Facebook will introduce an "unsend" button in Messenger, which would let a user erase an unwanted message from their recipient's inbox, as well as their own, TechCrunch reported April 6. "I'm really sorry for that". But if you want the same level of security as Mark Zuckeberg right now, you may have to look beyond Messenger.
Travis Smith, principle security researcher at Tripwire, said businesses and individuals should pay more attention to protecting privacy.
Amid an outcry over Facebook's privacy issues, a new legal framework is required to better identify what information is worthy of robust protection, scientists say.
Concerns have been raised as to whether the political consultancy used the personal data of millions of Facebook users to sway the outcome of the 2016 USA presidential election.
"We have [internally] discussed this feature several times", the company said in a statement sent to Quartz. But Facebook informed neither the recipients nor the public that it was taking these steps. "It is nearly silly to argue for privacy protections when you are posting stuff to the public on Facebook and other social media outlets", she said.
Along with these measures, the company also revealed that the data of around 87 million users may have been compromised in the Cambridge Analytica scandal.
"Facebook confirmed to us that the data of overall up to 2.7 million Europeans or people in the EU to be more precise may have been improperly shared with Cambridge Analytica", a Commission spokesman told Reuters. And if not, why was there a need, to delete them in the first place?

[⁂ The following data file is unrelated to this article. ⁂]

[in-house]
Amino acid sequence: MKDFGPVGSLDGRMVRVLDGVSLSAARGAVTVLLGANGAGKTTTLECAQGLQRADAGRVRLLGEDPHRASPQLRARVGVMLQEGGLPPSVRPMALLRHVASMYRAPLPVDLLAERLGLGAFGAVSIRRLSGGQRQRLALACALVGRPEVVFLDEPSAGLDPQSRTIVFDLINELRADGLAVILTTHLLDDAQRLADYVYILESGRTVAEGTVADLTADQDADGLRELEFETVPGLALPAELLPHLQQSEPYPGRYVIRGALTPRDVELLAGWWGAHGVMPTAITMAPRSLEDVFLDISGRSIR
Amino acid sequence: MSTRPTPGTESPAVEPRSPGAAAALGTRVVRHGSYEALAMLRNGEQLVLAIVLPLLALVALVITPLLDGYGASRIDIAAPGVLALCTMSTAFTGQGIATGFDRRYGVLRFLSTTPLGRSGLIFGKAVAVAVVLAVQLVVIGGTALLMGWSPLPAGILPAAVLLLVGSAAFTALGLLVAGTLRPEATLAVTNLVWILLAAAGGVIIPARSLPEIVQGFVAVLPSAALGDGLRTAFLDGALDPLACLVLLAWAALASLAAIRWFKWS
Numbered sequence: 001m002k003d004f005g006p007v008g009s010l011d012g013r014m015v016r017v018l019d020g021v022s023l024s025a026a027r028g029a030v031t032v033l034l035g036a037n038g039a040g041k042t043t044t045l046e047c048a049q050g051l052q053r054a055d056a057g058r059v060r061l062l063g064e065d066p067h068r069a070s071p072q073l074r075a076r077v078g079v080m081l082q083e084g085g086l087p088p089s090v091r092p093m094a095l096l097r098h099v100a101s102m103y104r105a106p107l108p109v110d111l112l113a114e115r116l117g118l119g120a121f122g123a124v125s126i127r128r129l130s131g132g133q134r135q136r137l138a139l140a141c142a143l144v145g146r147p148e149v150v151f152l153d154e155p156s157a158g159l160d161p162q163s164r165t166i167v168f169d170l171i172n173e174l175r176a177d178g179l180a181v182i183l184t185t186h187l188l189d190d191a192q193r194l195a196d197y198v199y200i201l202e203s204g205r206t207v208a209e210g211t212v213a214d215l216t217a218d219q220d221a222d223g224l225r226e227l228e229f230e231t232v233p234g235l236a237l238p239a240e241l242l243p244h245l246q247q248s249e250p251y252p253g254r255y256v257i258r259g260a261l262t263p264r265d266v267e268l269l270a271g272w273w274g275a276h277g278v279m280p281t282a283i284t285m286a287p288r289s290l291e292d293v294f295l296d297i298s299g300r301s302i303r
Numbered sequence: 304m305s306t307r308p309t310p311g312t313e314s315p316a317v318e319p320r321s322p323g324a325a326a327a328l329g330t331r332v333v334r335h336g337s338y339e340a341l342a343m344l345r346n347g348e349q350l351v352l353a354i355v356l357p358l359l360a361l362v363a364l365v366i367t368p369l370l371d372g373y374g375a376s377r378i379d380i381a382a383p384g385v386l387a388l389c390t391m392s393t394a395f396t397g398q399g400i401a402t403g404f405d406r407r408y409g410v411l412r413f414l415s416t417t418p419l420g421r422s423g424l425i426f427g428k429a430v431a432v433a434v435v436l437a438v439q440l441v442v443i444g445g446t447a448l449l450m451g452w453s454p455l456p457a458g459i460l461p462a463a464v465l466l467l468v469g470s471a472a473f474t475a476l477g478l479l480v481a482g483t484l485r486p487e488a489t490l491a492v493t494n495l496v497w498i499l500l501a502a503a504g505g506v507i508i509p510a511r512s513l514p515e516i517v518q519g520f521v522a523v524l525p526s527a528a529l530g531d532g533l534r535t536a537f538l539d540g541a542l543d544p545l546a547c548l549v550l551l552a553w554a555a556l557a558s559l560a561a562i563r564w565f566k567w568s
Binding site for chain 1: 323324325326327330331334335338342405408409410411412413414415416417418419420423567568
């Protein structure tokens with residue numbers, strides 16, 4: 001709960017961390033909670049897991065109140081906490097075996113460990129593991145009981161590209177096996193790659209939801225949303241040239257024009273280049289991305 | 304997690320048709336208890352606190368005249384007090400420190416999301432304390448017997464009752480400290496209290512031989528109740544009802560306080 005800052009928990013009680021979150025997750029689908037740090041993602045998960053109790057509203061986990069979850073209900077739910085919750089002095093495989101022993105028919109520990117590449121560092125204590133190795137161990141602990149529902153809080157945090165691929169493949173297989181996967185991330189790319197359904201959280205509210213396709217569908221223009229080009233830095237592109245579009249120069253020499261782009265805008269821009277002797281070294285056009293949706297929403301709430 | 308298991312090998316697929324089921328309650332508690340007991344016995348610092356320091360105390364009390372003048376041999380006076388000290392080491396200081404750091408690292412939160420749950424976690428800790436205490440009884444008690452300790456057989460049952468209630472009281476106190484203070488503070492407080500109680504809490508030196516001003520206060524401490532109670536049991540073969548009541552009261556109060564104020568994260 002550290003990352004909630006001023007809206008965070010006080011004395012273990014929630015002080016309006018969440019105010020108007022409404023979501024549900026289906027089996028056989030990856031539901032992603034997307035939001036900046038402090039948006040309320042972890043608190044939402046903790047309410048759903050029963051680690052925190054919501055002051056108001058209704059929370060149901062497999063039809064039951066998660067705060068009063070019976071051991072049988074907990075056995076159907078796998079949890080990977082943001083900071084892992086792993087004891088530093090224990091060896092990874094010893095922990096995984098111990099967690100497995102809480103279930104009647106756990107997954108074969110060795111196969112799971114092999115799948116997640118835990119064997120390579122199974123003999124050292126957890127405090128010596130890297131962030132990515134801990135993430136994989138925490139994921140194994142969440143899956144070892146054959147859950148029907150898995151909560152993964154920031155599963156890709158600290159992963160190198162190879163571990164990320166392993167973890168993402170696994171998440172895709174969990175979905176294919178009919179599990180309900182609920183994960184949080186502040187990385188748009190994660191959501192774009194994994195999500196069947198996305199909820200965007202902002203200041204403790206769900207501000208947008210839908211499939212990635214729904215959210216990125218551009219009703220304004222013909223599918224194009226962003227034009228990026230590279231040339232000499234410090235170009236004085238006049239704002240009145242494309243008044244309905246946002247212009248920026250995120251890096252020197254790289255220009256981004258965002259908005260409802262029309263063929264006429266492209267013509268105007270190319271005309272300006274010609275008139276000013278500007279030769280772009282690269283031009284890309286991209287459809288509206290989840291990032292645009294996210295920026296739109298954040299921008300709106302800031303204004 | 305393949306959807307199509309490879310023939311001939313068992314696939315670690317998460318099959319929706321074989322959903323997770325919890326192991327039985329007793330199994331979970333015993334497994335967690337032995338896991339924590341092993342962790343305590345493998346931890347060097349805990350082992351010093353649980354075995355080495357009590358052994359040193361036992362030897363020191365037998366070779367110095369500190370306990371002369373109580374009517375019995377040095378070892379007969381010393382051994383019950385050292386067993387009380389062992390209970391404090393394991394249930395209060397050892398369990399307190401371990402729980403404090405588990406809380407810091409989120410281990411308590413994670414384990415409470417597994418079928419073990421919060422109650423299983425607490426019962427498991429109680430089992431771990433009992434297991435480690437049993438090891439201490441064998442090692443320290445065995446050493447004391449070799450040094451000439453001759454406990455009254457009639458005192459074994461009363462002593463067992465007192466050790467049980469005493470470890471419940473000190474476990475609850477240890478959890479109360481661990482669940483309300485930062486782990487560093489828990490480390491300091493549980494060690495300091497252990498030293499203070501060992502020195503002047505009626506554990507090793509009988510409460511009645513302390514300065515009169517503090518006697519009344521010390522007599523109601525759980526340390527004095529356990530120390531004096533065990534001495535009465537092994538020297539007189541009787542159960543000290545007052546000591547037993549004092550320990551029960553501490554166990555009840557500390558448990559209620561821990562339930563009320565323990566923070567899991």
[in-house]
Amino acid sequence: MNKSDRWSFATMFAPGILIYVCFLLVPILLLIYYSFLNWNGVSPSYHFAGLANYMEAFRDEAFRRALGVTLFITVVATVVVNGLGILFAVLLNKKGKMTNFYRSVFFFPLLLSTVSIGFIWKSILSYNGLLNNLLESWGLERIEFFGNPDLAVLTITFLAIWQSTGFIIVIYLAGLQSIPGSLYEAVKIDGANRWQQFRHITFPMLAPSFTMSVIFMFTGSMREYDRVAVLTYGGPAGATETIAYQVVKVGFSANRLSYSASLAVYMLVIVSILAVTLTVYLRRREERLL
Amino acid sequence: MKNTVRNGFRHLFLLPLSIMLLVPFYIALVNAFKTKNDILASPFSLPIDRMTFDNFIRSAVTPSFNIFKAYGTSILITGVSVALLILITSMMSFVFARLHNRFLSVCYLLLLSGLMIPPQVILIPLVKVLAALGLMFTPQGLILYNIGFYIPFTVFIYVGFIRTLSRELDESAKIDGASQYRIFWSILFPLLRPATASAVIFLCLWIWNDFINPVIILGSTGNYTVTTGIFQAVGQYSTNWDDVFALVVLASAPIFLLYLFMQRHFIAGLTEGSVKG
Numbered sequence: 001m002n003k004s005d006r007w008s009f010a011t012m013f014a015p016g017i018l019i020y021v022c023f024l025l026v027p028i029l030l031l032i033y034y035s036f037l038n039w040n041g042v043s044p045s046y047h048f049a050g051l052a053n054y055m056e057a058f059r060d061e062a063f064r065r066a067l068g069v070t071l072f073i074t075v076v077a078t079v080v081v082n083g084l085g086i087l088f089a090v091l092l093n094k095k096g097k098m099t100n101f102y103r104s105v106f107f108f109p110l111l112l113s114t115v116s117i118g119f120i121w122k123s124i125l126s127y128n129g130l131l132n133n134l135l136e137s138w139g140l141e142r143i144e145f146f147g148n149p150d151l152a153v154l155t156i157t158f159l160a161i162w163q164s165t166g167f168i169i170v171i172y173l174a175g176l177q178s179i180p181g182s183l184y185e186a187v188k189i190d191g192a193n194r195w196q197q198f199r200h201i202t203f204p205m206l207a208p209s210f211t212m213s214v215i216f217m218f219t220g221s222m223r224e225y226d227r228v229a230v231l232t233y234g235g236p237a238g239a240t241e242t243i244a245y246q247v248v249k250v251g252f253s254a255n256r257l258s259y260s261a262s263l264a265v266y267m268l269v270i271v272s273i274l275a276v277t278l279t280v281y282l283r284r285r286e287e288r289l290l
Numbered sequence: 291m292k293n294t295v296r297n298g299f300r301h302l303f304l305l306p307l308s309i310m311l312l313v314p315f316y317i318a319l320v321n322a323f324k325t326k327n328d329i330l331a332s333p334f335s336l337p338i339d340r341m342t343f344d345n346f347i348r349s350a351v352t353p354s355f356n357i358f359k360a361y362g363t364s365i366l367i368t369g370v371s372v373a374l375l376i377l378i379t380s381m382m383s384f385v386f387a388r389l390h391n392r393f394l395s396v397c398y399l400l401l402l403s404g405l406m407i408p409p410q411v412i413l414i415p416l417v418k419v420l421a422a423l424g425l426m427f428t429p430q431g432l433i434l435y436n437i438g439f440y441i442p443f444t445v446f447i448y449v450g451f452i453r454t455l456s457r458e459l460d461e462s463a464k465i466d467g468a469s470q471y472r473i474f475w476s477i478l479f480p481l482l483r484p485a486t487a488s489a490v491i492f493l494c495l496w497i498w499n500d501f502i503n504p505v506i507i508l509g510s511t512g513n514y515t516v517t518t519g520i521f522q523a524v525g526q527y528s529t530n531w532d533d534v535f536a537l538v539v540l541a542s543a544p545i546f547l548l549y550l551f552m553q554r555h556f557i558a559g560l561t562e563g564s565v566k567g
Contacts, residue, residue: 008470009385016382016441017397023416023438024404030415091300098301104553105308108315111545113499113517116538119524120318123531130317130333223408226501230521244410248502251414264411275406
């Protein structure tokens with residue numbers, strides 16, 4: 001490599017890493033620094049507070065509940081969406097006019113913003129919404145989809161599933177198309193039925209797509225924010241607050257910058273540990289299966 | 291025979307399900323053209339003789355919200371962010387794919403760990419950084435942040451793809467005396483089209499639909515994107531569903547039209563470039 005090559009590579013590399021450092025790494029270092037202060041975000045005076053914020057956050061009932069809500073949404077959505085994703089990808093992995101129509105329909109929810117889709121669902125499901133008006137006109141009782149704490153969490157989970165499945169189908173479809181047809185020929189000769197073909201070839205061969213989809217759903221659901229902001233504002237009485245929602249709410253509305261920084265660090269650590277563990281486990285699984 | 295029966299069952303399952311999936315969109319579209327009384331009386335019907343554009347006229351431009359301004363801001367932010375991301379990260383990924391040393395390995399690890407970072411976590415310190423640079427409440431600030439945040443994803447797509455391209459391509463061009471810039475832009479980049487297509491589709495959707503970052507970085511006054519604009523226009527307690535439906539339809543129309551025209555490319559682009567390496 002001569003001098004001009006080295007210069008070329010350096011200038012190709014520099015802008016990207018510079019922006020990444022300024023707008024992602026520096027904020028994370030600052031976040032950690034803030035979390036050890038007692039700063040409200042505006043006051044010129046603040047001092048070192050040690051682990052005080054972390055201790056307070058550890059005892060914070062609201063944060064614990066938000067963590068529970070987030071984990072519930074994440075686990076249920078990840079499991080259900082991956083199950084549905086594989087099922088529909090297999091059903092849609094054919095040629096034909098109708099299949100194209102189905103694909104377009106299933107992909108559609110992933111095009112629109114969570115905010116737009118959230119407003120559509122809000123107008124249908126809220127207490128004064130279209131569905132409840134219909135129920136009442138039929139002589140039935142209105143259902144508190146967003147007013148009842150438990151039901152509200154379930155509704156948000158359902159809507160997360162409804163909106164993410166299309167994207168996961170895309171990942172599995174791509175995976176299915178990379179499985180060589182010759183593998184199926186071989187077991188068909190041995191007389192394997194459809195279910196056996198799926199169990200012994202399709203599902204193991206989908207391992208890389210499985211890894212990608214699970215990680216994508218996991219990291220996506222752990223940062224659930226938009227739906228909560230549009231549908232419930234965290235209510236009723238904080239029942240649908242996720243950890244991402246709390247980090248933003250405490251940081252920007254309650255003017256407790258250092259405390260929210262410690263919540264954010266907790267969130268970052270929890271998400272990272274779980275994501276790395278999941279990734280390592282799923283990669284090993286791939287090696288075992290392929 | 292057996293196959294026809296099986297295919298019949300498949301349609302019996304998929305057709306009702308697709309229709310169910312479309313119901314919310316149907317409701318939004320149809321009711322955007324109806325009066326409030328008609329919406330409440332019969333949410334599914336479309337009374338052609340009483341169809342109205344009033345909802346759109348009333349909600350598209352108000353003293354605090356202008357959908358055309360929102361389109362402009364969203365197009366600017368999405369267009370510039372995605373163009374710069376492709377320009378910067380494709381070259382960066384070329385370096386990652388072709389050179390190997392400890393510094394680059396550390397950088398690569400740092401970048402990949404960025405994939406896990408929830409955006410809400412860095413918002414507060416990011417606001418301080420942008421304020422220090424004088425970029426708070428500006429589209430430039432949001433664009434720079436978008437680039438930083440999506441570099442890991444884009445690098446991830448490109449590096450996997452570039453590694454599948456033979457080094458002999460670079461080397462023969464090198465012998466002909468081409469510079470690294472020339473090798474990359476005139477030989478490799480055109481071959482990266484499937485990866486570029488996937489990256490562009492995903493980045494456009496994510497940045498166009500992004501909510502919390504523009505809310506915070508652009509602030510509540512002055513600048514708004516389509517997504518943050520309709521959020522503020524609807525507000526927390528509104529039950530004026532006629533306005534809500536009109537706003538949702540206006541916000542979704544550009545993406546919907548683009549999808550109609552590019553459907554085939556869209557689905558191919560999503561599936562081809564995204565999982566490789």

Wigand said that European Union data protection authorities will discuss over the coming days "a strong coordinated approach" on how to deal with the Facebook investigation.
"Unfortunately, data privacy is a lot like oral hygiene, everyone knows they should pay attention to it but in practice people tend to neglect it".
"We should have been faster and are working hard to improve our technology and tools to detect and prevent abusive, hateful or false content", the spokesperson told AFP by email. One study found that 38 percent of Facebook users in Burma got most, perhaps even all, of their news from the site. "We didn't. Now we've learned". "We stop those messages from going through".
The company's damage control efforts are resulting in even more concerns. "I would assume if you had that setting turned on, that someone at some point has accessed your public information in this way", Zuckerberg said. "We were lucky to have an English-speaking foreigner who was confident and connected enough to escalate the issue".
Zuckerberg's interview with Vox came as the company struggles with a huge scandal about its use of data in the United States and Europe.